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THE ADVOCATE AND NEWS.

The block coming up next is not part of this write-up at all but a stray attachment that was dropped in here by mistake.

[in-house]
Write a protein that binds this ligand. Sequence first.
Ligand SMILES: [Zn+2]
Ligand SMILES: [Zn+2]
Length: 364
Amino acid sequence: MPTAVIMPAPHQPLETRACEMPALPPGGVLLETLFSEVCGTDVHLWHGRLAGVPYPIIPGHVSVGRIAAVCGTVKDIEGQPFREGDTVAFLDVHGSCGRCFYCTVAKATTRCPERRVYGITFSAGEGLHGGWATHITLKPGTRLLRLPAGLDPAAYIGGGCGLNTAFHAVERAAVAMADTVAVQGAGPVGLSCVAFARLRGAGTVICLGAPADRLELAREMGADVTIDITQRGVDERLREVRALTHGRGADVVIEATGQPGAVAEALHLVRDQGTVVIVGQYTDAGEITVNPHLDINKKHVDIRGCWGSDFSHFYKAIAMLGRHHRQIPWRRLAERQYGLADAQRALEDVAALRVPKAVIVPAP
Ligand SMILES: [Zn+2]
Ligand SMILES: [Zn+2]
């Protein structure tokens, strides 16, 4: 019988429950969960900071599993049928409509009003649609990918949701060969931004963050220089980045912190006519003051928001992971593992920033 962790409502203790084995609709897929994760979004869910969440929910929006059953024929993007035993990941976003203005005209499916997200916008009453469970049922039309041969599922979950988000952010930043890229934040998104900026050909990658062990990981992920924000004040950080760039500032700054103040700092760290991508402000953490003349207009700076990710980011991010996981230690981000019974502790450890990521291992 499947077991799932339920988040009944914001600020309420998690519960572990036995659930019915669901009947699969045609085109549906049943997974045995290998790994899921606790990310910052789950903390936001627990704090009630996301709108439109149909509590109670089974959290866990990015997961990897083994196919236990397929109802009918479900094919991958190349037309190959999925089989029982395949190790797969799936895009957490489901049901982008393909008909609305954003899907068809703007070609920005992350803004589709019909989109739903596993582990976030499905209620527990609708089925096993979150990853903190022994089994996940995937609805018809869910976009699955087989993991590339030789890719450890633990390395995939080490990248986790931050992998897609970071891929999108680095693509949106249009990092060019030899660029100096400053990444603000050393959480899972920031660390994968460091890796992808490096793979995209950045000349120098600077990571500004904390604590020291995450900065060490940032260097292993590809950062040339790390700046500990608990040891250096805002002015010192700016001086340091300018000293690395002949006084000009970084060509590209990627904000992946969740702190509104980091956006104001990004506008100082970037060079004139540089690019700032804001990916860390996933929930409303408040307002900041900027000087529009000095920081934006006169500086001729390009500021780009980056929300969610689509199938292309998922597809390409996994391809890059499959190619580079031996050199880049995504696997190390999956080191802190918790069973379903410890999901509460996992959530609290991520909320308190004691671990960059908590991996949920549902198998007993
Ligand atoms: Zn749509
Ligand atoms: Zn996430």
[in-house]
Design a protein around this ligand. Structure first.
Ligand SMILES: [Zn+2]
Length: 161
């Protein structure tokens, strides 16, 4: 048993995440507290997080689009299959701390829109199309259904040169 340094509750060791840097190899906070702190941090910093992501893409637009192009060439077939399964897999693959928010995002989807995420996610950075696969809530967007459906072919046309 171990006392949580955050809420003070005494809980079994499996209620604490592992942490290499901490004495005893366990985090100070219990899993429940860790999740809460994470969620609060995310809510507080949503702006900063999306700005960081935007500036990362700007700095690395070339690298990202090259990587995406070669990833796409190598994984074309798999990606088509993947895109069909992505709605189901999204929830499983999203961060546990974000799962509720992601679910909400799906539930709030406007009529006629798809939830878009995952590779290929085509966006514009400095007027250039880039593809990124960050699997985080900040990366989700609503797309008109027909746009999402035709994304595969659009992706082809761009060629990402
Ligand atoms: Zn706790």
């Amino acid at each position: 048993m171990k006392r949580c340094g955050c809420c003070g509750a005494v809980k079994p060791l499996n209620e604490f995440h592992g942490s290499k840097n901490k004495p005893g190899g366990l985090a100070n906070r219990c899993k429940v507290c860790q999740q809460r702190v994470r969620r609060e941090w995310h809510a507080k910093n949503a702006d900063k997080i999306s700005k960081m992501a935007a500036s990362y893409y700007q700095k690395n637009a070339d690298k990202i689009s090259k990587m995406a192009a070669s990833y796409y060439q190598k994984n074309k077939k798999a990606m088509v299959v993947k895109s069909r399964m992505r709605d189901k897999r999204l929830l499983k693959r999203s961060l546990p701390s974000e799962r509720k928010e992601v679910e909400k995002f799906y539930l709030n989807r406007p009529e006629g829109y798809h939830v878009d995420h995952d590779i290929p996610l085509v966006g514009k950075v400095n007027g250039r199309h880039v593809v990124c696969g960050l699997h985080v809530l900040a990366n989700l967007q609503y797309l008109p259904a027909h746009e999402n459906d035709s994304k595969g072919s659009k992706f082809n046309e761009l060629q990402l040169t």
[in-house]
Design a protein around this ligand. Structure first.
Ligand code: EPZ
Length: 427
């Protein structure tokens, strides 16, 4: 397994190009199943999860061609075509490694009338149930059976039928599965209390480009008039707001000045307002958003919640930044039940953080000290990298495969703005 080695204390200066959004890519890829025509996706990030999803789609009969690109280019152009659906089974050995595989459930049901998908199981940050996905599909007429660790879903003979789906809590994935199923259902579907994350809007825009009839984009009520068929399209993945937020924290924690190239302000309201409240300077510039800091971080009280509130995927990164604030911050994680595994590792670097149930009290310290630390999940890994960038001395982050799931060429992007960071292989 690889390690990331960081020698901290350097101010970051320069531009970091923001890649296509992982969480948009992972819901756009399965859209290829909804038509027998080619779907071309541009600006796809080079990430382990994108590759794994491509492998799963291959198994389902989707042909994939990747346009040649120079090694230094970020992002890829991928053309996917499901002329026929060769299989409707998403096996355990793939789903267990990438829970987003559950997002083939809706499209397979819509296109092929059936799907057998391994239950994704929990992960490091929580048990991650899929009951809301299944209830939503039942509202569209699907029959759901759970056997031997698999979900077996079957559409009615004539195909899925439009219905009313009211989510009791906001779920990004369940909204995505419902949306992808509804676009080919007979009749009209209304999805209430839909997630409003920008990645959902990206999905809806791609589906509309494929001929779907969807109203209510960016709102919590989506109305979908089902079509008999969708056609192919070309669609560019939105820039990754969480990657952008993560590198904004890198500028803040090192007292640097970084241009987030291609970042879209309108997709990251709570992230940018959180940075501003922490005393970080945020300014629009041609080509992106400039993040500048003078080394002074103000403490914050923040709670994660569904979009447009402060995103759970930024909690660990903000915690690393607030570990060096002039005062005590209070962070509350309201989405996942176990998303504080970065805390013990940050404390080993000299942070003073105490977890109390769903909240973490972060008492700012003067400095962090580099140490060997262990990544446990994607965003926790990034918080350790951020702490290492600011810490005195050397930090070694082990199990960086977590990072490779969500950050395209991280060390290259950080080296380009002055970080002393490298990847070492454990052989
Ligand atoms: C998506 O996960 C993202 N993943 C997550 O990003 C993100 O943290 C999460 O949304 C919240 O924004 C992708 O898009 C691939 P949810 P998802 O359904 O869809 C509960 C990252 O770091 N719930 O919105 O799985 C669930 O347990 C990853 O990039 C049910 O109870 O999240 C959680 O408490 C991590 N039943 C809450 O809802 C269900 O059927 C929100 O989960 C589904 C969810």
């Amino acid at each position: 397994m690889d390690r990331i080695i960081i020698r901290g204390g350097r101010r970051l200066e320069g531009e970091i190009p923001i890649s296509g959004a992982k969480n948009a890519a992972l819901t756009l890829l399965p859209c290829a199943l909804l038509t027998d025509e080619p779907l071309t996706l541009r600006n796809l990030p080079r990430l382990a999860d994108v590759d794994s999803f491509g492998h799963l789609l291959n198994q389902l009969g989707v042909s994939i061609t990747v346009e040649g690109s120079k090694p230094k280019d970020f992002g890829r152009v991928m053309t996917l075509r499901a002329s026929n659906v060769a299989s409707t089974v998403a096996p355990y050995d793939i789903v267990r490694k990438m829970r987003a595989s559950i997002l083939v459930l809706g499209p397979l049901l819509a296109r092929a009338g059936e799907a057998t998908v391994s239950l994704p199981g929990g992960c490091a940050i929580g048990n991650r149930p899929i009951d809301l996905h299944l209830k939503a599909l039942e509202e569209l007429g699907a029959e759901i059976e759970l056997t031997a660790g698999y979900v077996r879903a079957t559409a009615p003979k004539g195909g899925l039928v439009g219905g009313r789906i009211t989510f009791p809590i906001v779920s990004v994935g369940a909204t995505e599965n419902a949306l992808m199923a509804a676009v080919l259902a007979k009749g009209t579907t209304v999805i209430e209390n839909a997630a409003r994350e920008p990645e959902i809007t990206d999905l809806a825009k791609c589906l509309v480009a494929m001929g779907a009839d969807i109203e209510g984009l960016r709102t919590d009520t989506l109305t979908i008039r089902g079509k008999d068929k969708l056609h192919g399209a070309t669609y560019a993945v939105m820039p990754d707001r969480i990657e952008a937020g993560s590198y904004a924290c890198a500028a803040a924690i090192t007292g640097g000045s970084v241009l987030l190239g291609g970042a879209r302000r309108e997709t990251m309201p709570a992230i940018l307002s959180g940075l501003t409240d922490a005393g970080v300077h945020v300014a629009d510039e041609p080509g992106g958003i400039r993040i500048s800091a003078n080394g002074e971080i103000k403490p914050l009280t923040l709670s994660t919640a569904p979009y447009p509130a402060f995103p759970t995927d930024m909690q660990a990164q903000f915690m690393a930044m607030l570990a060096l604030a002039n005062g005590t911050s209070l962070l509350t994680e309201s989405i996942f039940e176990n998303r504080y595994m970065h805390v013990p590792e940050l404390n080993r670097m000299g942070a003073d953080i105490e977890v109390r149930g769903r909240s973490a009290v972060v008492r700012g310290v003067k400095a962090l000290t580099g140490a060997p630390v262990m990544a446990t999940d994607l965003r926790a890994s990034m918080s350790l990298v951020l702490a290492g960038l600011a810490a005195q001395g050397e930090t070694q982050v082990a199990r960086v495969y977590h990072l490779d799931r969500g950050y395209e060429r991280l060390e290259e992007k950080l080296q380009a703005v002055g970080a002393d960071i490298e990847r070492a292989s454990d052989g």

NOVEMBER 21, Farm Department Sy W. A. PEFFEB. About Insecticides and ThoLr Uses. Clarence M. Weed, la American Culti vator, submits the following: It la well known that there are two principal ways in which insects take their food. Some Insects bite and chew the parts of the plant upon which they feed, while others are provided with a pointed, tube-like beak, which they in sert into the tissues of the plant and suck out the sap. On account of this difference in feeding habits those in sects which bite may be destroyed by coating their food with poisons, while the others must be treated with some substance that kills by simply coming in contact with their bodies. The poisons most commonly used against biting insects are certain chem ical compounds, composed in part of arsenic. Paris green Is the most im portant of these. It Is a chemical com bination of arsenic and copper, contain ing when pure about 55 per cent, of arsenic. When placed in water the fine particles of the green powder do not dissolve, but remain in suspension. Be cause of this fact one of the most pop ular ways of applying Paris green to plants which are in danger of the at tacks of biting insects is in a water mixture by means of a force pump and spray nozzle. In Its simplest form this consists in mixing about a teaspoonful of the poison in a pail of water, stirring thoroughly to get the powder evenly distributed through the water. A small force pump, to which Is attached a rub ber tube with a spraying nozzle at the end, is then set in the pall. By work ing the handle of the pump the liquid with the poison particles In suspeslon Is forced through the tube and nozzles, coming from the latter in a mist-like epray which may be directed upon the plant to be protected, covering each leaf with the liquid. As soon as the spray ing of the plant ceases the water begins to evaporate, and rapidly disappears, leaving the particles of Paris green evenly distributed over the foliage. The poison particles will remain In place upon the leaves for some time, so that in case a biting insect feeds upon the poisoned surface, it will eat some of these particles and be killed. Fortu nately the poison is not absorbed into the tissues of the plant, so that the process can be carried on without dan ger to the consumer of the crop. In the course of a few weeks the particles of poison aro washed away by rain or dew, or are dissipated through the action of the sunshine. A substance which Is used to destroy insects Js called an Insecticide or Insect killer. Thus Paris green Is an Insecti cide, so, also, are tondon purple, helle bore and insect powder. Each of these substances may be applied to plants in mixture with water, as already de scribed, or they may be dusted on in the form of a dry powder. Sometimes one may use for this purpose simply a porous bag, out of which the powder is Bifted. It is generally better, however, to apply the Insecticide by means of one of the many kinds of bellows manufac tured for this purpose. When whole fields of potatoes or other crops are to be gone over, one of the better forms of powder guns now upon the market is very desirable. With one of these guns a pound of Paris green can be evenly distributed over an acre of potato vines. Paris green is so powerful a poison that except when it is applied with the best powder guns, which distribute it very finely and evenly, it is desirable to dilute it with some substance like land plaster, alr-laked lime, flour or road dust. The proportion of poison to diluent varies greatly with different users. One part of poison to twenty parts of diluent serves the purpose If the mixing be thoroughly done. Barnyard Manure. As every farmer knows, If the manure heap Is too loosely built the decompo sition la too rapid. The materials use ful for the formation of humus in the soli are destroyed, and the nitrogen, especially that of the urine, escapes into the air, largely in the form of ammonia. On the other hand, if the manure is too firmly packed the decomposition may be too slow and the manure will not be come sufficiently disintegrated to pro duce the best effect in the soil. A powerful means of controlling fer mentation is the supply of moisture. The addition of water lowers the tem perature and thus retards fermentation. By filling up the pores of the mass and excluding the air it checks aerobic fer mentation when this becomes too active. French authorities maintain that the principal precautions necessary to pre vent losses of ammonia consist simply In regularly wxd properly watering the manure with the leachlngs. In case of drought, if the leachlngs are insufficient, the lack should be made up with water. The need of keeping manure moist Is especially marked In case of horse ma nure, which is naturally dry and decom poses with great rapidity. The same is true in a less degree of sheep manure. The common and harmful "fire fanglng" Is the result of an Insufficient supply of water and may be readily checked by sprinkling. The sprinkling, however, should be regularly done and the heap kept in a constant state of moisture, otherwise the alternate wettlng'and dry ing will result In a loss of ammonia. Preservation of manure In this manner Is generally practiced in Europe, and the product obtained Is highly esteemed as a fertilizer. It Is "very dark colored, or even black, and acquires a highly of fensive odor, while the straw in it loses Its consistency, and becomes soft and incoherent." This black substance is held by certain French agriculturists to posses special value as a plant food. In connection with the foregoing, W. H. Beal describes In a bulletin Issued by the department of this well rotted manure In France: The manure Is placed on slightly Inclined plats of packed earth or cement, so arranged that the leach lngs drain out into a pit from which they are pumped and distributed over the manure heap. It Is usual to provide twp manure plats so arranged that when one Is full (when the manure Is eight to ten feet high) it may be allowed to fer ment undisturbed while the other is used. The manure Is carried from the stables to the top of the manure heap In wheel barrows over an inclined plane of boards. Care Is also taken to smooth down the sides of the heap to prevent the too free access of air and the loss of leachlngs. Waste on the Farm. ' The farm cannot be made to pay until the Items of waste are enumerated and taken from the account-book. In the Western States water Is wasted In irri gation, while in the East fertility Is lost because of no drainage. The soil fre quently wastes away from Improper till age or careless treatment. Grain and animal food are wasted through feeding or stacking.' Fruits waste because the trees aro neglected or poor judgment Is used in picking and packing. In what ever field or building waste is discovered, Immediate steps should be taken to check the drain and prevent a recur rence. The most prolific source of loss that has come under my observation is the annual destruction of farm machinery, in a ride of twenty miles through the grain-fields of Utah I counted thirteen harvesters and mowing machines left where last used, and subjected to all the dangers of midwinter. The same story may be told of some of the Eastern States I have visited. Every piece of farm machinery represents an outlay of cash or a note equivalent. What would a banker think of a farmer leaving the money he had loaned him lying in a ditch or on a stump In the corn-Held all winter? That Is just what many of our farmers are doing every month in the year leaving money scattered about, to be destroyed by the frosts of winter or the rains of summer. Another place where waste Is noticed on the farm Is in the stack-yard. From my house I have looked out upon a straw stack and 'counted not less than forty dung hill chickens scratching away at the chaff in quest of barley. The stack had been standing for four months, and every day during that time the fowls dug through the snow and sleet to get Into the barley chaff. The threshing was done by the best machine In our sec tion of country, but it is a poor testi monial to any thresherman to see his straw stack covered with fowls every day for four months. Surely, there Is an enormous waste from the riddles and cylinder of a machine that leaves a green stack matted together with roots, or a sheltered straw pile the rendezvous of scratching fowls. It is poor economy to grow a good crop of grain, harvest it properly and in season, and then have all the profit wasted by worthless threshers. Again, I notice a waste in feeding the ap'"jals collected in the corral or feed pens. This loss, however, is not from giving the animals too much, but the feeding of too small rations at unusual times. Stock of all kinds should be fed plenty and at regular hours every day. One ton of feed, given in sufficient quan tities, and fed with regularity dally, will provg more beneficial than two tons, of the same feed doled out occasionally. It is a mistake to feed sparingly, especially In winter. If horses, sheep or cattle are worth keeping at all they are surely entitled to good daily rations of whole some food. It Is cheaper to waste a little feed in keeping the boxes and stalls filled than to waste flesh by care less feeding or Intentional starvation.- Farm and Fireside. Farm Gossip. Hens that lay In winter soon pay for their keep. The best of its class is always most salable, because it is most desirable. There are nearly seven hundred ves sels engaged in carrying grain on the Great Lakes. Practical farming now includes train ing of the mind as well as education of the muscles. Green weeds plowed under and well covered will rot and mingle with the 30JI to Its benefit. Every farm ought to be provided with a place for taking care of sick or wounded animals a sort of hospital. About 20 per cent, of the sheep de livered at Kansas City market are sold to farmers for the purpose of feeding for the mutton market. Good stabling for farm animals dur ing winter is not only comfortable to the dumb creatures, but it is profitable from a business standpoint. All classes of products for market should be assorted before being offered for sale, because lots will be graded according to the poorest samples. Last year about a million sheep were sold on the Kansas City market. It is estimated that the sales there this year will exceed those of 1896 by about 20 per cent. The farmer -who wants to keep his place free from weeds must pay per sonal attention to that particular part of his business, and not allow weed3 to go to seed. Kansas farmers will have to re-learn the sheep business. Thirteen years ago we had more than a million sheep in the Slate; now the number 13 not one fourth as large. As the Btrength of a chain is equal to the strength of its weakest link, so is the standard of articles offered In lots gauged by the quality of the in ferior specimens. There Is as much business in prac tical agriculture as there is in merchan dizing or banking. No farmer can suc ceed if he does not conduct his business on business principles. The agricultural colleges are begin ning to appreciate the fact that they can do a world of good among rural people at their homes. Some of these colleges do now maintain departments of domestic science. Very deep plowing, if done In the spring, will give better results If two plows are used, one to open a furrow say six or eight inches in depth, the other a subsoiler that will break the ground below and let It remain at the bottom. But If the work be done In the fall, so that the subsoil may be acted upon by frost and wind during winter and then replowed in late spring, one plowing Is good enough. In a recent publication of the national Department of Agriculture, It is perti nently alleged that whatever will be effective in raising the grade of the home life on the farm, in securing the better nourishment of the farmer's fam ily, and ?n surrounding them with the refinements and attractions of a well ordered home, will powerfully contribute alike to the material prosperity of the country and the general welfare of the farmers. Co-operation Among Farmers. A recent dispatch from Indianapolis says that farmers in Franklin, Fayette and Dearborn counties are preparing to make a test of co-operation on a very extensive scale, which will include not only buying as a firm but the selling of ihelr products in the eame manner. While there have been a great many schemes of a co-operative nature at tempted in Indiana, none has been planned on such a scale. Farmers will buy even their clothing by the lot and boots and shoes by the case. Their household necessities and luxuries will be purchased in the same way, and they will sell their wheat, corn, oats, barley and farm produce as one big company. They see many advantages which a scheme of this kind will possess beyond the simple monetary gain. In Madison and Grant counties, along the line of the new Gas Belt Electric railway, another scheme is to be tested which will advance the farmers' Inter ests and put his on a more equal basis with the city man. Electric service for lighting or motive power is to be fur nished to him at a nominal cost. He can have his house lighted by electricity and can work all of his machinery with electric power. Already the telephone system has been extended to country homes, and, with the additional service of electric currents which will enable him to enjoy all of the luxuries of the city, even to cooking with electricity if he wishes to, the Indiana farmer will find life worth living. In eastern In diana he already has natural gas burn ing in his stoves and Jets and the grocer and butcher, as well as the general sup ply store man, have extended their dally eervlce to his doors. Electric cars are running across his land and the worry of living Is reduced to a minimum. Notes. Only the best sheep return a profit: the poor ones are a burden to the others.... City and town people prefer to pay better prices for the better things they Consume. The remedy for depression in agriculture is to produce high class stock, dairy products and farm crops, and proceeds from the orchard and gar den. The food properties of corn are not changed by grinding; it is still corn, whether served as meal, mush or slop. When feeding hogs, grind only for the aged sows that have lost their teeth, and It Is doubtful If they will pay the miller. Quality gives to the Intelligent, pro gressive farmer who raises improved stock a premium on his high grade beef, mutton and pork as well as on his high class horses, and places him above the wild ranch stock breeders of South America and Australia In European markets. It Is stated on the authority of Thomas Dixon and Professor Loraas, that hay or straw Is a remedy for bloat nature's remedy; and that cattle on clover, sor ghum, or the green succulent feed, as soon as threatened with bloat Instinc tively turn to the remedy, if accessible. They recommend that a stack or pen of hay or straw be placed in the field where the animals can go to it at will, and that then there will be no fatality from bloat. The fact that the country Is short on . swine ana long on corn renders it espe cially desirable this year that growers, should feed and care for the pigs in a way that will develop them rapidly and perfectly. The tendency is to feed the growing pigs too much corn. Some corn 13 all right, but the ration should contain some more nitrogenous food to give a good development of bone and muscle; then when you come to fatten on corn you will have something to build on. Rural World. The results of various trials declare corn to be the most profitable grain for fattening sheep. But practice teaches that other grains must be fed with It to maintain the appetites of the sheep and keep them otherwise healthy. It will likely be safest and best under most conditions to start the fattening with oats or bran, then introduce as much corn as possible, and finish the fattening with a mixture containing one part oats, one part oil meal, and three parts corn, by weight Prof. J. A. Craig. The American Cultivator says that young men are leaving New England dally, either because they dare not marry such women as work in the mills and factories, or because having mar ried such a one they cannot live either happily or comfortably together. It Is. not as it was in the early days of the Lowell mills, when the mill girls were the daughters of farmers, who had en joyed all the advantages of the district school, and were well taught in house hold duties at home before they went out to seek for labor. The question of quality in bacon is one of experience. Most bacon raisers say, first, that swine used for this pur pose should be long in the body with a tendency to put on fat slowly, that Is, grow muscular; that they should have plenty of exercise and pure air. Both these may be secured in the open field and wood. They should be from ten to . fifteen months old and not what, lc these days, we call "fat." From the experi ence of bacon raisers both North and South, we come to the conclusion that the best bacon is not produced from our most highly improved breeds as they are commonly fed. As a rule, the bacon of the South is far superior to the North. It 13 usually secured from a nondescript hog nearly mature, one which has had to "hustle" for a living except during the last few weeks of its life, when It is finished off by feeding a full ration of corn. Country Gentleman